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Investigating the Capability of Few Strategically Placed Worldview-2 Multispectral Bands to Discriminate Forest Species in KwaZulu-Natal, South Africa

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3 Author(s)
Peerbhay, K.Y. ; Discipline of Geogr., Univ. of KwaZulu-Natal, Pietermaritzburg, South Africa ; Mutanga, O. ; Ismail, R.

WorldView-2 multispectral wavebands (8 wavebands; 427-908 nm spectral range; 2 m spatial resolution) were utilized to classify six commercial forest species (Eucalyptus grandis, Eucalyptus nitens, Eucalyptus smithii, Pinus patula, Pinus elliotii and Acacia mearnsii) in South Africa using the partial least squares discriminant analysis (PLS-DA) technique. Results indicate that the WorldView-2 imagery produced an overall accuracy of 85.42% and a kappa statistic value of 0.83, with individual forest species accuracies ranging between 63% and 100%. The variable importance in the projection (VIP) method was then used to identify the most important wavebands that were most effective in discriminating the forest species. Four VIP bands were ranked with thresholds greater than one and produced an overall accuracy of 84.38% and kappa value of 0.81, with individual forest species accuracies between 69% and 100%. More specifically, the VIP bands that were found to be important in the classification were the coastal blue (427 nm), blue (478 nm), green (546 nm) and red (659 nm) and confirmed the relative importance of the visible region of the electromagnetic spectrum in discriminating forest species. Overall, results indicate that multispectral information characterized by greater spatial resolution can successfully discriminate between and within forest species, thus providing an accurate framework for commercial forest species mapping.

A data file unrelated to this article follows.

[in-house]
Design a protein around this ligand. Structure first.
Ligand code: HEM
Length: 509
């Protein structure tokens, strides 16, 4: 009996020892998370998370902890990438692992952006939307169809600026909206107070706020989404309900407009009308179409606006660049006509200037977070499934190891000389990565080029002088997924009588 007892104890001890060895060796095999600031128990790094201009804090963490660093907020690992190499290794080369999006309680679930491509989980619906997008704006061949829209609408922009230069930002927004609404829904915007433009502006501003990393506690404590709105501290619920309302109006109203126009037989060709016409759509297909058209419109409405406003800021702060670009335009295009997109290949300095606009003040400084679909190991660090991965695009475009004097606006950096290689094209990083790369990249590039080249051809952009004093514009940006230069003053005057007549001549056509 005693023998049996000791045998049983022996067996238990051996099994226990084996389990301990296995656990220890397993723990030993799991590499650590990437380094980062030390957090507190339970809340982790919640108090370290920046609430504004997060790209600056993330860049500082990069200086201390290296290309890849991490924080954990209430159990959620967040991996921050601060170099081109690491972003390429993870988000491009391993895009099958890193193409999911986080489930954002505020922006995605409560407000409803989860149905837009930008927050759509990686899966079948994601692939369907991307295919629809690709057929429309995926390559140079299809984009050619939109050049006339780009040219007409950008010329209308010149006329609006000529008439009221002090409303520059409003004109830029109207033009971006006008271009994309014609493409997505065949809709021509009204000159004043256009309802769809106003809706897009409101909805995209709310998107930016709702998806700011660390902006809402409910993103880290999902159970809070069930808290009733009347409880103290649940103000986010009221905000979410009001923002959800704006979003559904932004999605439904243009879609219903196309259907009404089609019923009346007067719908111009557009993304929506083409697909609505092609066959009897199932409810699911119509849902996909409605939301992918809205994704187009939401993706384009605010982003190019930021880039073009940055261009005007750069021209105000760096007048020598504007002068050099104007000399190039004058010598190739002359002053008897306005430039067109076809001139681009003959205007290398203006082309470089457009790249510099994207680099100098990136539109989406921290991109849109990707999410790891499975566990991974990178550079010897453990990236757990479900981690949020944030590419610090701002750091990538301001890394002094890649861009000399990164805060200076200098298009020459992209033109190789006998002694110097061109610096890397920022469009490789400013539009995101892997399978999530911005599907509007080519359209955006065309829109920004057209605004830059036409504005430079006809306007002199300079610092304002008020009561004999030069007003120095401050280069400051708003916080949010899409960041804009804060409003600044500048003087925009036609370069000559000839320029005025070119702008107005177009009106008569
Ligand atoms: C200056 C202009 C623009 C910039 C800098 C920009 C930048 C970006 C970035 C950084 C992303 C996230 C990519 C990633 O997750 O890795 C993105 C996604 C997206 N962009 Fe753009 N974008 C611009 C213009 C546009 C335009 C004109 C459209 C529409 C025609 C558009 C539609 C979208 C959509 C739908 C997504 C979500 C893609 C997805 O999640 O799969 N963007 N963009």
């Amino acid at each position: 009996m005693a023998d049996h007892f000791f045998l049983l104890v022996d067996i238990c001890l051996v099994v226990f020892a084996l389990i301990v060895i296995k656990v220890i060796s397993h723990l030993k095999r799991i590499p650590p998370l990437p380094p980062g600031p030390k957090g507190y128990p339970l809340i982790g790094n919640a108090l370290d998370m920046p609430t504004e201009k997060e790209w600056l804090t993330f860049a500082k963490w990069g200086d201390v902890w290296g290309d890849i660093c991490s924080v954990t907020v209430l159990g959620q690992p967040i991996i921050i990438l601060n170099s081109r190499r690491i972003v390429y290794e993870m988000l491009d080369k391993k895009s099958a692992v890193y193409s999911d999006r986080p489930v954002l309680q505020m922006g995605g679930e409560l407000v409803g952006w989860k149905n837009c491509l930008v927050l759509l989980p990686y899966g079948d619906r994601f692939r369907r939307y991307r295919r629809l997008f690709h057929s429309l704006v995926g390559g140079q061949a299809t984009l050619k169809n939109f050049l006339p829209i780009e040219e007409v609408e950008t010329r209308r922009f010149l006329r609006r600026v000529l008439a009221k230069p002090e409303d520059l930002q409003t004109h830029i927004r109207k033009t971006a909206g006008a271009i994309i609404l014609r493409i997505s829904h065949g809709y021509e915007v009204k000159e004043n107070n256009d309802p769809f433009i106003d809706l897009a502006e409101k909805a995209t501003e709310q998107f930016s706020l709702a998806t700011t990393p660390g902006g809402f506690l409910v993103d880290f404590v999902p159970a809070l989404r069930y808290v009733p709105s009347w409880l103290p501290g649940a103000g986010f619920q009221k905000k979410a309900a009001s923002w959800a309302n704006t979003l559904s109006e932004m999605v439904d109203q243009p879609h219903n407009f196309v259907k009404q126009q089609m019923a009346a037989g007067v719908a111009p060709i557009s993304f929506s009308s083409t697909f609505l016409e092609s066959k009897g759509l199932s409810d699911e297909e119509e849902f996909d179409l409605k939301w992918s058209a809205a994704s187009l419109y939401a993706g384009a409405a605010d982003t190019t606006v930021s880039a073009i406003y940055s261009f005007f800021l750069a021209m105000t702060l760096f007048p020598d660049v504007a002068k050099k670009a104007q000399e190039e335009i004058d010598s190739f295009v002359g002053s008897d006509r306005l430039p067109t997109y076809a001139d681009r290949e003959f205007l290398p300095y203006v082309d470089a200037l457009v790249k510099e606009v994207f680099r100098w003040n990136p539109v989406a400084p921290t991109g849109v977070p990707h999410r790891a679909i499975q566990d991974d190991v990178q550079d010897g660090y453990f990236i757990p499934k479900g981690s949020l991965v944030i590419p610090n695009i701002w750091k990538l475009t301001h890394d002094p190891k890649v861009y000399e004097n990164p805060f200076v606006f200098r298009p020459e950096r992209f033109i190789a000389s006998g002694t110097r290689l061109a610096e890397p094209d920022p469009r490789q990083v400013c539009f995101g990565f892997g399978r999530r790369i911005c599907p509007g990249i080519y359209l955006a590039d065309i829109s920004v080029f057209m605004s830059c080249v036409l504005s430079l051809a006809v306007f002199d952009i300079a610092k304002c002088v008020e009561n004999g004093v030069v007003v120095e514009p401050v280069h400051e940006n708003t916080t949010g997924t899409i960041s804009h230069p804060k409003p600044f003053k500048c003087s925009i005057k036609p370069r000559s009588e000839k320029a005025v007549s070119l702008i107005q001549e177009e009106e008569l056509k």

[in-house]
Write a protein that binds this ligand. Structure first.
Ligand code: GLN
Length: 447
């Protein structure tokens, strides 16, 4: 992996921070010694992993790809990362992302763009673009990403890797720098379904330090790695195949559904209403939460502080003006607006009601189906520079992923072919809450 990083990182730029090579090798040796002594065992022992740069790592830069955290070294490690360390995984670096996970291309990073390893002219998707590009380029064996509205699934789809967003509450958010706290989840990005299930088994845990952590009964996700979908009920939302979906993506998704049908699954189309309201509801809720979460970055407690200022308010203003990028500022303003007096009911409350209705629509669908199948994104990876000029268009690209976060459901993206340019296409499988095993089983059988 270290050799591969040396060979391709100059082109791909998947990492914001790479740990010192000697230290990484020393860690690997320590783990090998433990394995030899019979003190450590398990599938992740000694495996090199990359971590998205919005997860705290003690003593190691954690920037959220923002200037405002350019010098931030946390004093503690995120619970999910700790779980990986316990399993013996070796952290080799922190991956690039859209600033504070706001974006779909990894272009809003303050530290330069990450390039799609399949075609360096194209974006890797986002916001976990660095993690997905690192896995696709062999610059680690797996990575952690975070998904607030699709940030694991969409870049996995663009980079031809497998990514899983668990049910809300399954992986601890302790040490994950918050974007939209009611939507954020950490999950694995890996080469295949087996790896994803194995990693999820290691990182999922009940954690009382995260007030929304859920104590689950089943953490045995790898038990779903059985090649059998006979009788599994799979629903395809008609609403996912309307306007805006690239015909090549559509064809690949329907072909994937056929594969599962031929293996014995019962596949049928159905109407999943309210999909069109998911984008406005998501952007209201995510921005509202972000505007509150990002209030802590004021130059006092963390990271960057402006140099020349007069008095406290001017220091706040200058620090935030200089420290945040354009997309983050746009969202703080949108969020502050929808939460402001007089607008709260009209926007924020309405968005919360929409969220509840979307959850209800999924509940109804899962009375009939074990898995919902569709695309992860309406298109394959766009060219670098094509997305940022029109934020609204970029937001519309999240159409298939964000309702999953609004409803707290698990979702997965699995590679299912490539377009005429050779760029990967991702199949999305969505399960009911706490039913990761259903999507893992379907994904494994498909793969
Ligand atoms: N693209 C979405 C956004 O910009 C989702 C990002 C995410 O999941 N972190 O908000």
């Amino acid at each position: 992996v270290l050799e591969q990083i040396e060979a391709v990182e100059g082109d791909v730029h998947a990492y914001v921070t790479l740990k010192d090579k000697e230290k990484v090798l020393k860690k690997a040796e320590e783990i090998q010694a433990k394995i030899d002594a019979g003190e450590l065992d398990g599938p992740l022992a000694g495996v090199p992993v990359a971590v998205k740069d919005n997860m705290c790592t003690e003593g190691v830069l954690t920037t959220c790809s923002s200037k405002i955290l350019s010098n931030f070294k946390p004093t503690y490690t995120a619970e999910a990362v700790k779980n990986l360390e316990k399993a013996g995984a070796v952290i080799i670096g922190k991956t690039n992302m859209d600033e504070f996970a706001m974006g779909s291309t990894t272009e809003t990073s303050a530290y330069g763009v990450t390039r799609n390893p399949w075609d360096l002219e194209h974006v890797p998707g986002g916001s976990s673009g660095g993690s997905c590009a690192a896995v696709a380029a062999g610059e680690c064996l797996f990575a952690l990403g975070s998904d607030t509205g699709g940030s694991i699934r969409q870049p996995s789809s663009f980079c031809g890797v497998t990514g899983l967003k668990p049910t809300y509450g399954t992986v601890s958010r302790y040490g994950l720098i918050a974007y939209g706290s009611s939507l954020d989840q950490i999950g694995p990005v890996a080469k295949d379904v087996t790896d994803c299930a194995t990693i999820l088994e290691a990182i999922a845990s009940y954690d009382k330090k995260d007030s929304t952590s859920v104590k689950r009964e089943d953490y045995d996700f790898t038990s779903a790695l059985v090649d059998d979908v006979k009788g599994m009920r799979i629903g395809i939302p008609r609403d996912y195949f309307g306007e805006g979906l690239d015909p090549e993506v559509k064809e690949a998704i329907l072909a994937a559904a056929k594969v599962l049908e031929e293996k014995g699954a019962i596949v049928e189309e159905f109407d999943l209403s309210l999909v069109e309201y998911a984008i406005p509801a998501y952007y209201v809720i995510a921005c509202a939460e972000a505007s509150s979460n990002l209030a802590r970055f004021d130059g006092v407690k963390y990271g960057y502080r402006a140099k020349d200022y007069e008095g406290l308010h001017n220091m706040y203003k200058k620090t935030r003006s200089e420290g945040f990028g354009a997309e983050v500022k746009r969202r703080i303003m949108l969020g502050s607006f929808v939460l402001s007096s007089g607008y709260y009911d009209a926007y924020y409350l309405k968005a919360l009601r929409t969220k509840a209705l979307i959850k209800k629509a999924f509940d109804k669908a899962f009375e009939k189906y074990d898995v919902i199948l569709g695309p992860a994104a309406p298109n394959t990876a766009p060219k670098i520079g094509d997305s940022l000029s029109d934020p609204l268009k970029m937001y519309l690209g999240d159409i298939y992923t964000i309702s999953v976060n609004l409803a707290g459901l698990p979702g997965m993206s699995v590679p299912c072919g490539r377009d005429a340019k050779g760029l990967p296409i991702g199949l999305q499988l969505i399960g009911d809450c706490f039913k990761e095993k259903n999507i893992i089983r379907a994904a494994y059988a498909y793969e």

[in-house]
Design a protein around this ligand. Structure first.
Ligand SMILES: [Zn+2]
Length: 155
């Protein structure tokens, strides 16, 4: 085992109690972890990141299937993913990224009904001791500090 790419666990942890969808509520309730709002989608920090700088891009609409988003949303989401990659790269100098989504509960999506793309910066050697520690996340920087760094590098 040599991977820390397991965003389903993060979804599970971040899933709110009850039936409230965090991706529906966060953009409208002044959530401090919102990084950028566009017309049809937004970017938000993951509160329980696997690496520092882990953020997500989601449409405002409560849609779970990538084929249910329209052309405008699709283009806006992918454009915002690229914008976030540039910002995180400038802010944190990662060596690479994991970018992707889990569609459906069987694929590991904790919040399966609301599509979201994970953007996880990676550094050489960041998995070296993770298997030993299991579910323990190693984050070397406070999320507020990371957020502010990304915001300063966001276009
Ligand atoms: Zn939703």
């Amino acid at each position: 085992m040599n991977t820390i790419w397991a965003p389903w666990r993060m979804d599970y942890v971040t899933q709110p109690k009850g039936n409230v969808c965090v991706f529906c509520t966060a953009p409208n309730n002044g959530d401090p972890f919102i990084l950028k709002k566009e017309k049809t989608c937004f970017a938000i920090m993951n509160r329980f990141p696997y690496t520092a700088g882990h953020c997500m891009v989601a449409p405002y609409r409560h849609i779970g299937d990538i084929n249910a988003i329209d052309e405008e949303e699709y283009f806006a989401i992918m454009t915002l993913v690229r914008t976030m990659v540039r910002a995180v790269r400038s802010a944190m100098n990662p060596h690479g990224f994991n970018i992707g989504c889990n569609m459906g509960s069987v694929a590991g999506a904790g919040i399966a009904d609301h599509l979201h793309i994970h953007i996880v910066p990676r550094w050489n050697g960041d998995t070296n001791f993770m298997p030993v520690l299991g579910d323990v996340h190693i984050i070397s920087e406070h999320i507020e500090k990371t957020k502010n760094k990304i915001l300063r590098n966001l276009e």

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Selected Topics in Applied Earth Observations and Remote Sensing, IEEE Journal of  (Volume:7 ,  Issue: 1 )